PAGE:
Drivers get away with parking illegally
THOUSANDS of people in Norfolk are flouting parking laws unpunished after the number of traffic wardens was cut by more than half. Wardens are handing out almost 50pc fewer parking tickets than in previous years - from 8,400 five years ago to 4,157 in the year to date - as Norfolk police prepare to hand over responsibility for parking enforcement to County Hall.
THOUSANDS of people in Norfolk are flouting parking laws unpunished after the number of traffic wardens was cut by more than half.
Wardens are handing out almost 50pc fewer parking tickets than in previous years - from 8,400 five years ago to 4,157 in the year to date - as Norfolk police prepare to hand over responsibility for parking enforcement to County Hall.
The figures released under the Freedom of Information Act show that, during the same period, the number of wardens employed by the police has fallen from 34 to 14 for the entire county, including seasonal workers employed only in the summer. In Yarmouth, just two part-timers cover the entire borough and are unable to carry out regular patrols.
Critics said the figures proved not enough had been done in recent years to keep the county's streets unclogged.
Norfolk police refused to comment but the force's annual budget for parking enforcement has been slashed from �750,000 in 2004-05 to just �147,000 this year.
Labour county councillor Irene MacDonald is among those who have campaigned for the law to be applied more strictly, with many streets regularly suffering illegal parking. She said: “I'm not surprised to hear about these facts and figures. They back up the case I and others have been making.”
- 1 'Well-respected' tattoo artist died at home after taking cocaine
- 2 Car flips on to roof in three-vehicle crash in Yarmouth
- 3 Free open top bus tours to show off Great Yarmouth's seafront
- 4 Six ways Yarmouth wants to solve its housing crisis and 'compete with Norwich'
- 5 Former Game store earmarked as enterprise hub
- 6 Sammy, 6, finds 'once-in-a-lifetime' rare fossil on beach
- 7 Alcohol seized during police town centre community patrols
- 8 Council defends cost of £70 posy vases amid criticism
- 9 Bid to extend life of quarry in Broads' village to 85 years
- 10 Port boss disappointed over cruise ship non-docking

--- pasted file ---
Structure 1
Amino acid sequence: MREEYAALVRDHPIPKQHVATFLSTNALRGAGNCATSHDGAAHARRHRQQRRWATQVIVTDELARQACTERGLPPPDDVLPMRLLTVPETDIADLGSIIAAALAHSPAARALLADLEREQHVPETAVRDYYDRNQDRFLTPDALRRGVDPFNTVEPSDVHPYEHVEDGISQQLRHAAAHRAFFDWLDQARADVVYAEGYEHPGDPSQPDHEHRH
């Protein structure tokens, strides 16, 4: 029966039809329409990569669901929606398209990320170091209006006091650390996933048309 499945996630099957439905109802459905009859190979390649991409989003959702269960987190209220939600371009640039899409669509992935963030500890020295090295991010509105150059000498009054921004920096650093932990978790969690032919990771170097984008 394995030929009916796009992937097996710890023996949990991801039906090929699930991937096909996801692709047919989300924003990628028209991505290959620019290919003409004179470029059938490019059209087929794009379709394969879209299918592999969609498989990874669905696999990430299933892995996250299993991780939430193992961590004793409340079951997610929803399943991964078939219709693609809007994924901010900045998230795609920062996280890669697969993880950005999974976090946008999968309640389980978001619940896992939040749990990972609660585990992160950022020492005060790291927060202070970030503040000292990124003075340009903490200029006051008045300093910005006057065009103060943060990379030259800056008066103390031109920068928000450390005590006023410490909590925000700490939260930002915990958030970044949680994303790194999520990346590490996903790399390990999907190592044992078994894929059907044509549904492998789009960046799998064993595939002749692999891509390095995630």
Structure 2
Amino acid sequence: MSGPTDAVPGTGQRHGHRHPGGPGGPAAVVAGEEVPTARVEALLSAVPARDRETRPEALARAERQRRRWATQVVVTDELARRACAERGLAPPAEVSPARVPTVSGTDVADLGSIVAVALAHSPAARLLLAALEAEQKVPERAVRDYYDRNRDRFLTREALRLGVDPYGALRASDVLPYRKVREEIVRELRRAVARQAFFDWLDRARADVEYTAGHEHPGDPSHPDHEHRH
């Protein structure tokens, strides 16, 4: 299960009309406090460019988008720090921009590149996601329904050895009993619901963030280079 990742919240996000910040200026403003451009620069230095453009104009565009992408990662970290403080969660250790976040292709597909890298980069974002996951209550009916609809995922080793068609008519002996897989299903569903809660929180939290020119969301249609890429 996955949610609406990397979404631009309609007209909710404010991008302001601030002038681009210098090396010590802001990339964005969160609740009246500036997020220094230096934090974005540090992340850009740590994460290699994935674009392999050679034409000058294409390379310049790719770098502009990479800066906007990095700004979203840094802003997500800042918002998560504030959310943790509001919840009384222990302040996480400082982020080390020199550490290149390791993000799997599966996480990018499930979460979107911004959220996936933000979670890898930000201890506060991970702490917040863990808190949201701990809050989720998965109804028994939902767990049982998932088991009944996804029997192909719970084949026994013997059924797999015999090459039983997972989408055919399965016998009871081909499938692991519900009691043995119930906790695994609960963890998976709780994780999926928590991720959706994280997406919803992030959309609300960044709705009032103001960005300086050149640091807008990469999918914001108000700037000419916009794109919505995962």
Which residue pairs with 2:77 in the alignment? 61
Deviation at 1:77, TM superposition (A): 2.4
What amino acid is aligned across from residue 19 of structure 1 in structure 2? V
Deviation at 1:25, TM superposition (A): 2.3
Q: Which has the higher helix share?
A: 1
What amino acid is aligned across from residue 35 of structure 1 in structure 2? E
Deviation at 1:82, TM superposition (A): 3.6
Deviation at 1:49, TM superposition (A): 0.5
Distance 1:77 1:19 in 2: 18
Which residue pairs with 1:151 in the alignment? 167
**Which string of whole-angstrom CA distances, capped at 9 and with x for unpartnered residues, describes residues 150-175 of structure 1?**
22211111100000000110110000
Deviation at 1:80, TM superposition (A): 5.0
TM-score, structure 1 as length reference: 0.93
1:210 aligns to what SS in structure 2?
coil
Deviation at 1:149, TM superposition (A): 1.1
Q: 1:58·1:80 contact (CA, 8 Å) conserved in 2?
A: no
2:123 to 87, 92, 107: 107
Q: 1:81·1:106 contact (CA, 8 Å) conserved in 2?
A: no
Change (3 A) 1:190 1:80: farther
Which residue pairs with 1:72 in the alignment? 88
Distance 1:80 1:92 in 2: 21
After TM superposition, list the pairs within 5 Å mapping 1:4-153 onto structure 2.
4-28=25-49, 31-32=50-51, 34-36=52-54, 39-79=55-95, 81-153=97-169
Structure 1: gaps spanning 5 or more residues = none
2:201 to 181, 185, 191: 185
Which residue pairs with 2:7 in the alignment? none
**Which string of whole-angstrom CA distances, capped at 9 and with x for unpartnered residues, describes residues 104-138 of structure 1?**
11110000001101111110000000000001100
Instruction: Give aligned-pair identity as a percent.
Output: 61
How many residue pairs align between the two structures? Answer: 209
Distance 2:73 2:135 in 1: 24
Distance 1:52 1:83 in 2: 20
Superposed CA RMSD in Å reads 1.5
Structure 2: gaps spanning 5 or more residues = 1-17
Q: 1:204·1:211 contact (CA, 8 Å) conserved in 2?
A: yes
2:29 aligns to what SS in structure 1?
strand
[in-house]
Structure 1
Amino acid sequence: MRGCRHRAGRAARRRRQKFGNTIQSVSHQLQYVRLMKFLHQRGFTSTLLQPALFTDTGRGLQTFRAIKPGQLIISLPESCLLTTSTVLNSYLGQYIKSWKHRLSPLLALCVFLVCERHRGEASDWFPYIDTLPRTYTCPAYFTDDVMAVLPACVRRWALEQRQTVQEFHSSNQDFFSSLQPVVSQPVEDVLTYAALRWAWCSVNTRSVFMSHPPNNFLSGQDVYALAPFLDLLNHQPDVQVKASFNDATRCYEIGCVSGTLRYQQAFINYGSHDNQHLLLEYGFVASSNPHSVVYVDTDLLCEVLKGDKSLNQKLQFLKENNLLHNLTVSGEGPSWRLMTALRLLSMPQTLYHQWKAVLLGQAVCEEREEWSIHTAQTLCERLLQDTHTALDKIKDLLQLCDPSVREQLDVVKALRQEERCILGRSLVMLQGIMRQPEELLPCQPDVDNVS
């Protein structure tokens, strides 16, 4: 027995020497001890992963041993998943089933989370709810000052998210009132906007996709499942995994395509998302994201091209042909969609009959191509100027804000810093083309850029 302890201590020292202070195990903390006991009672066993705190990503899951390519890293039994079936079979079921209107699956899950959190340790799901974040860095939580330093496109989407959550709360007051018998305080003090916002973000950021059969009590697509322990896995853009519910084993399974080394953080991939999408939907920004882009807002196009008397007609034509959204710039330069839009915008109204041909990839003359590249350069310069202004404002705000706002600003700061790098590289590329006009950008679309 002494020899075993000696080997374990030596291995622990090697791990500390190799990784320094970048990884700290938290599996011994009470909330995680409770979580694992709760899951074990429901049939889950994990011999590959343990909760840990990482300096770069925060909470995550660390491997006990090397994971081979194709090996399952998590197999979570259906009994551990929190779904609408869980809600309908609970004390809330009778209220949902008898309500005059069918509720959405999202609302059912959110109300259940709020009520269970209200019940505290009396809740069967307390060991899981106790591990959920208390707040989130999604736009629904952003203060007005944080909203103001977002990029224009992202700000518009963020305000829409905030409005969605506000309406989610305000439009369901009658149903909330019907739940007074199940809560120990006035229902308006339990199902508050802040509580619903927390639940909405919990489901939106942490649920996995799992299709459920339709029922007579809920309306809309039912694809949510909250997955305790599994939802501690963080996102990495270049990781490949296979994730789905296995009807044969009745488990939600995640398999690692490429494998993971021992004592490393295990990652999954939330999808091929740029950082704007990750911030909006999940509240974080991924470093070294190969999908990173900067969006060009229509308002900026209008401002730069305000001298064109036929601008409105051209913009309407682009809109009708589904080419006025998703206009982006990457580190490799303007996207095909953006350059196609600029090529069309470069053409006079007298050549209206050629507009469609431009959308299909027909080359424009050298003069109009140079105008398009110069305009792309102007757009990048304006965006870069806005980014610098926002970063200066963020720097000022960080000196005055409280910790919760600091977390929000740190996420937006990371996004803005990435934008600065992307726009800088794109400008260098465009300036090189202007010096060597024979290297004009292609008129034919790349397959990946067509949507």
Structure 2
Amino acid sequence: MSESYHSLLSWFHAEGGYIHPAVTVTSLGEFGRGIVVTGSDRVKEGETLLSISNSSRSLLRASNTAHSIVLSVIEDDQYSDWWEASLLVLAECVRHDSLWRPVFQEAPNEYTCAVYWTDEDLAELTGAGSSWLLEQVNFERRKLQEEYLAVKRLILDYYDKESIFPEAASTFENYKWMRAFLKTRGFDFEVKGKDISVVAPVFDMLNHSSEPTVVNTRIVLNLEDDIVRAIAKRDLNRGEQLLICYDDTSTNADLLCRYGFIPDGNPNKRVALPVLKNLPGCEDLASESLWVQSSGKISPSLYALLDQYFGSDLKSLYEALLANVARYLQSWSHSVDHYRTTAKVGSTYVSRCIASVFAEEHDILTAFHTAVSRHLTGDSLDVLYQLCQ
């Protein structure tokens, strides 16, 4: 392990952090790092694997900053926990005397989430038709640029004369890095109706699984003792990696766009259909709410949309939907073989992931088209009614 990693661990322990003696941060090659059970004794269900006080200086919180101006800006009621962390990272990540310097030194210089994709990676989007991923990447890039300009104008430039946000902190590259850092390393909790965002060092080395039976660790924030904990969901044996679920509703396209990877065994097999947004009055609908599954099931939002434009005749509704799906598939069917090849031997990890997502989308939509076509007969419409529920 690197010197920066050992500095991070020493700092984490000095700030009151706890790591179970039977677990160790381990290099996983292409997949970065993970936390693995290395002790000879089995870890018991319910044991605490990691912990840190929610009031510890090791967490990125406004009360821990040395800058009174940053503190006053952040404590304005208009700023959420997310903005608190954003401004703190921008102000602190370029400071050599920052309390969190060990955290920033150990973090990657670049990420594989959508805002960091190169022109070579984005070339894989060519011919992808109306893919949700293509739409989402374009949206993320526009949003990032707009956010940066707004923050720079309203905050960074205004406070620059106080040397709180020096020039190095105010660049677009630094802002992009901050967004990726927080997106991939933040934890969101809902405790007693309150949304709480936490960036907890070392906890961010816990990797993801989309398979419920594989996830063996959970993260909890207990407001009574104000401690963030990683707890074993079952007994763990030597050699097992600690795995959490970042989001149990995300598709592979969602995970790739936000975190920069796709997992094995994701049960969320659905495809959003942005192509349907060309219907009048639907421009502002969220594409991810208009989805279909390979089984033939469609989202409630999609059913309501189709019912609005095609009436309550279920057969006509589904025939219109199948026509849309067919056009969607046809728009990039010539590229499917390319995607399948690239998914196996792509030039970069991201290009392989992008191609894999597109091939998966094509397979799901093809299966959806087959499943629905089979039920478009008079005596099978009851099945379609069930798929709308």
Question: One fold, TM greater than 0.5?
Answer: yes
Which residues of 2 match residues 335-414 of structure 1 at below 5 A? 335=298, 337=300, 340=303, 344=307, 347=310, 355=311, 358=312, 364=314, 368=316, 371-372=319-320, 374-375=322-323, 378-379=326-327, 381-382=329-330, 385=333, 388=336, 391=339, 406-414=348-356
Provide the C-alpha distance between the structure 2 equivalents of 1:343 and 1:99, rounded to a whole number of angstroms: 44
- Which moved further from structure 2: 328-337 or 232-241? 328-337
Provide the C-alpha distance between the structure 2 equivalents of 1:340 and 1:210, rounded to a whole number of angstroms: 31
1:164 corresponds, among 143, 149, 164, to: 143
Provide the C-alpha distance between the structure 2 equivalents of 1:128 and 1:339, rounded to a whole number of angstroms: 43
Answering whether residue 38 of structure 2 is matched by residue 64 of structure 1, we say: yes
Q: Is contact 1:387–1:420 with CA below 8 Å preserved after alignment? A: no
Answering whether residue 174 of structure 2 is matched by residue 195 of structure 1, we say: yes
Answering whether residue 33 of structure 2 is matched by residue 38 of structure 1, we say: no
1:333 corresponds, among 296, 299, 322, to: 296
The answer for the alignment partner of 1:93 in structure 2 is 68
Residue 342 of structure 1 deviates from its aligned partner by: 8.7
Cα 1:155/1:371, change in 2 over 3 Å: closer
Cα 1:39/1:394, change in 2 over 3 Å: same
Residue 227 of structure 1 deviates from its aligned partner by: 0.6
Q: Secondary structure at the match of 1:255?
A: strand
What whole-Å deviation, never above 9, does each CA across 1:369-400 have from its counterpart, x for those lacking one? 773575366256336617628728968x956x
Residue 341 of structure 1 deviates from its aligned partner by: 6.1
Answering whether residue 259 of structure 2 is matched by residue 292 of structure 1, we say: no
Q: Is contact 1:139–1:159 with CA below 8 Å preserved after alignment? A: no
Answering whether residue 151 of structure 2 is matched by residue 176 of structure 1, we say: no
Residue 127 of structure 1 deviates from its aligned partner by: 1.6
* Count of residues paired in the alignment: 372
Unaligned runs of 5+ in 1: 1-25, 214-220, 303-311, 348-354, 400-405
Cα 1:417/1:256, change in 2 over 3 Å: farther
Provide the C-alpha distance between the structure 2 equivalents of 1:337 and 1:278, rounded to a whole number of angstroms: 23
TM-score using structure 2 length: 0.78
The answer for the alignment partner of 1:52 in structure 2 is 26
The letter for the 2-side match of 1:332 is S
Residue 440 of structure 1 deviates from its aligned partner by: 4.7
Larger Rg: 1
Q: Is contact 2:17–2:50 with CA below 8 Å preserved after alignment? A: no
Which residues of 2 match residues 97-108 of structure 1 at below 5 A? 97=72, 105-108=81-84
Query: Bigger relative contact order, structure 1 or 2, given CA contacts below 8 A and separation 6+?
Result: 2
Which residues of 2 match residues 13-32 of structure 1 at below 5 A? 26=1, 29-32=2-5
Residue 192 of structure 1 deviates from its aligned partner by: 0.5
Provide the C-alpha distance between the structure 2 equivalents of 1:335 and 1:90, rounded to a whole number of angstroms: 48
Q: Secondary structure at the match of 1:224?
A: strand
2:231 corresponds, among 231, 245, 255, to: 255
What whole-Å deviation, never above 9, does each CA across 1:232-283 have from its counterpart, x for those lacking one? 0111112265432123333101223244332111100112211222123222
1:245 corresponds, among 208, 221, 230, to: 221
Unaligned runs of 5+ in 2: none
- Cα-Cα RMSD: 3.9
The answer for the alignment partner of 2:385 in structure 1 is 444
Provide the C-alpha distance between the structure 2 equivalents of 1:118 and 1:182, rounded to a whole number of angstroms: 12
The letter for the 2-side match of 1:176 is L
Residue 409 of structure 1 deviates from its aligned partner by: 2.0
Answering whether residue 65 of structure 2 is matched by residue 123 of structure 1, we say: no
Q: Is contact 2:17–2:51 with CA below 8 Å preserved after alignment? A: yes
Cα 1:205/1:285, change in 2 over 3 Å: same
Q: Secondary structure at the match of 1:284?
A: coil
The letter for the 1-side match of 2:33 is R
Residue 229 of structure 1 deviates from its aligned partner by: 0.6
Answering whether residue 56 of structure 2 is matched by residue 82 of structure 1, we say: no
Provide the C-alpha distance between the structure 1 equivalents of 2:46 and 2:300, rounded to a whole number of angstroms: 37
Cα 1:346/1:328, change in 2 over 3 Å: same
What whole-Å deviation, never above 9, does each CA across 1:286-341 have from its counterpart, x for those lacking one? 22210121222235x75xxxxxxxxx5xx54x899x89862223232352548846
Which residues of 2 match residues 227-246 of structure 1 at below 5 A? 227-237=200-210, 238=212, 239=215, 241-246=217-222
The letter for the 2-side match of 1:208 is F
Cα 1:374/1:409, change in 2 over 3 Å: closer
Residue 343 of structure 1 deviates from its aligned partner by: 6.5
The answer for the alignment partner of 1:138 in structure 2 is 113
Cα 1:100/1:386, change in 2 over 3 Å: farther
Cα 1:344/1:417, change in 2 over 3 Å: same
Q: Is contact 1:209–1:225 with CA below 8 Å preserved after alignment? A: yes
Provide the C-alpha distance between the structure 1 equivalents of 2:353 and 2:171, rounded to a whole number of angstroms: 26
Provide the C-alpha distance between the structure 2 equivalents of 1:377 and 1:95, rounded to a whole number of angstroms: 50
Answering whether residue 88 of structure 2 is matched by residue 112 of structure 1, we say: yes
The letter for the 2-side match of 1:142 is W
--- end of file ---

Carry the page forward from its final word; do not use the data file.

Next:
Norfolk County Council will take over parking enforcement from the police in April. There has been concern that the handover would lead to a parking free-for-all, with a council report stating “removal of warden support will leave a year with no systematic enforcement of parking restrictions outside the city of Norwich”.
At present, the police are responsible for enforcing on-street parking laws while councils are responsible for their own car parks. In Norwich, City Hall is responsible for all parking enforcement.
An agreement has now been reached with the council paying police to continue the current level of enforcement.
Last night, Adrian Gunson, cabinet member for planning and transportation, said he hoped that by targeting wardens at problem areas it would be possible to provide a better service.
Ms MacDonald said she was concerned the latest delay in the decision over a unitary council in Norfolk would cause further problems over parking enforcement - with the authority previously saying it could not commit to a plan until the future was more certain.
She added: “With the delay to the unitary decision, I want to see Norfolk County Council cabinet putting some effort into solving this situation and not keeping it on a back burner.”
Mr Gunson admitted the unitary delay would have a knock-on effect on parking enforcement - saying there was no appetite either at county or district council level to invest in a system that may be scrapped once local authorities are restructured.
He said: “It would not be viable because we do not know what the future holds and we do not want to invest money setting something up which may cease to exist.
“We have reached an agreement with the police which will maintain the current level of wardens. We hope to achieve more enforcement by better targeting those wardens to the areas where we know there are problems.”
Although the police declined to comment, Chief Supt Bob Scully previously said: “The constabulary will be working with Norfolk County Council to ensure the role of traffic wardens remains in place.”
The figures show a steady year-by-year decline in the number of tickets issued as budgets were gradually trimmed. At the same time, the amount received in payment for fines has fallen from �188,400 in 2004-05 to �90,030 so far this year.